• Re: Impressive scientist from B.C

    From Ward Dossche@2:292/854 to Björn Felten on Tuesday, April 30, 2019 07:22:43
    Needless to say, obviously he was well aware of the fact that the Sun
    is the center of our solar system and the Earth is revolving around it, 2500 years before Copernicus "rediscovered" that fact.

    It's a bit like Columbus discovering the Americas.

    \%/@rd

    --- D'Bridge 3.99 SR41
    * Origin: Do not meddle in the affairs of wizards (2:292/854)
  • From Ward Dossche@2:292/854 to David Drummond on Wednesday, May 01, 2019 09:06:02
    2500 years before Copernicus "rediscovered" that fact.

    It's a bit like Columbus discovering the Americas.

    ROFL - No-one knew the Americas were there before Columbus, not even the folks residing there?

    Columbus rediscovered after several largely undocumented crossings and discoveries were made.

    But he knew the Earth was round, had a compas, understood that it was 360 degrees around the globe and was able to roughly fix his position. He knew where he was, not just where he was going.

    \%/@rd

    --- D'Bridge 3.99 SR41
    * Origin: Do not meddle in the affairs of wizards (2:292/854)
  • From alexander koryagin@2:5020/2140.2 to Lee Lofaso on Wednesday, May 01, 2019 13:59:45
    Hi, Lee Lofaso!
    I read your message from 30.04.2019 20:25

    LL> Hello Ward,
    BF>>> Needless to say, obviously he was well aware of the
    BF>>> fact that the Sun is the center of our solar system and
    BF>>> the Earth is revolving around it, 2500 years before
    BF>>> Copernicus "rediscovered" that fact.
    WD>> It's a bit like Columbus discovering the Americas.
    LL> He was trying to get back home to China.

    It was a lie. The distance from Spain to New York is 5.5 thousand
    kilometers, and Columbus counted on the distance like that. The distance
    from New York to China is another 14 thousand kilometers. The errors is
    too much to be the mistake in calculations, taking into account that it
    is possible to calculate the sphericity of Earth using very simple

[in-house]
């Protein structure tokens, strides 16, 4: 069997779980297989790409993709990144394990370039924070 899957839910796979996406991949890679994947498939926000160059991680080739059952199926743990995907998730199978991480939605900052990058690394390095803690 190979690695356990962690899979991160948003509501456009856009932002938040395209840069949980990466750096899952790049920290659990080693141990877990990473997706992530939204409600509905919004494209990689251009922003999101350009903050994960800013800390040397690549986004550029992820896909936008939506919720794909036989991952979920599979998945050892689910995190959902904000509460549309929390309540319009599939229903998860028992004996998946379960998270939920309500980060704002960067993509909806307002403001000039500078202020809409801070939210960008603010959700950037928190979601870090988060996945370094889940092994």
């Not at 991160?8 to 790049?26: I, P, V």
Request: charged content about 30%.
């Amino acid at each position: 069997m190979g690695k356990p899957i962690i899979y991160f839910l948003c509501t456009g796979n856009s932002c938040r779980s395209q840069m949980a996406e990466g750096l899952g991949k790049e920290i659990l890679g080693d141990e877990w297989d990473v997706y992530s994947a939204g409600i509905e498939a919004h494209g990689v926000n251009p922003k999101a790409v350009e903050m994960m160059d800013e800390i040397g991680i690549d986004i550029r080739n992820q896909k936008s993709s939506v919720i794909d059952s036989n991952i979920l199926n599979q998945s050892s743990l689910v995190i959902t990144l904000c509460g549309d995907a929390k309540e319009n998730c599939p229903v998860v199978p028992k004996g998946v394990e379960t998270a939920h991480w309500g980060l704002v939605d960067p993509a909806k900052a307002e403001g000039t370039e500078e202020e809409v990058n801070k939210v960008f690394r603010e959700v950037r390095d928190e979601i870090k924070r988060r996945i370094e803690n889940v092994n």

tools. Columbus knew where China or India were to the west of Spain, and
    he searched for another land. It is interesting where he heard of it.
    The answer can probably explain why Columbus hid his source. ;-)

    Bye, Lee!
    Alexander Koryagin
    fido7.fidonews 2019
    --- FIDOGATE 5.1.7ds
    * Origin: Pushkin's BBS (2:5020/2140.2)
  • From Lee Lofaso@2:203/2 to David Drummond on Wednesday, May 01, 2019 16:42:16
    Hello David,

    Needless to say, obviously he was well aware of the fact that the Sun
    is the center of our solar system and the Earth is revolving around it,
    2500 years before Copernicus "rediscovered" that fact.

    It's a bit like Columbus discovering the Americas.

    ROFL - No-one knew the Americas were there before Columbus, not even the folks residing there?

    Injuns were not people.

    That's why Columbus brought a holy priest with him.

    Then he left. Taking one Injun with him to show King Ferdinand
    and Queen Isabella.

    When Columbus returned, no more Injuns were to be found.

    Nobody knows what happened to the settlers Columbus left behind.
    Or the Injuns. Or the holy priest.

    But at least they were saved before leaving everybody else behind.

    --Lee

    --
    Nobody Beats Our Meat

    --- MesNews/1.08.05.00-gb
    * Origin: news://eljaco.se (2:203/2)
  • From Lee Lofaso@2:203/2 to alexander koryagin on Wednesday, May 01, 2019 17:48:10
    Hello Alexander,

    Needless to say, obviously he was well aware of the
    fact that the Sun is the center of our solar system and
    the Earth is revolving around it, 2500 years before
    Copernicus "rediscovered" that fact.
    It's a bit like Columbus discovering the Americas.
    He was trying to get back home to China.

    It was a lie.

    We know very little about Columbus. Where he was from, what he
    looked like, and other details. All we can tell for sure is that
    he was raised by a couple in Genoa, Italy. Not that the couple
    was ever his parents. What they chose to call him is the name
    he was known by, not that he was who people thought he was.

    The distance from Spain to New York is 5.5 thousand
    kilometers, and Columbus counted on the distance like that.

    Columbus believed the Earth was shaped by a pear. Also, it should
    be realized he was brought up in Genoa around the same time that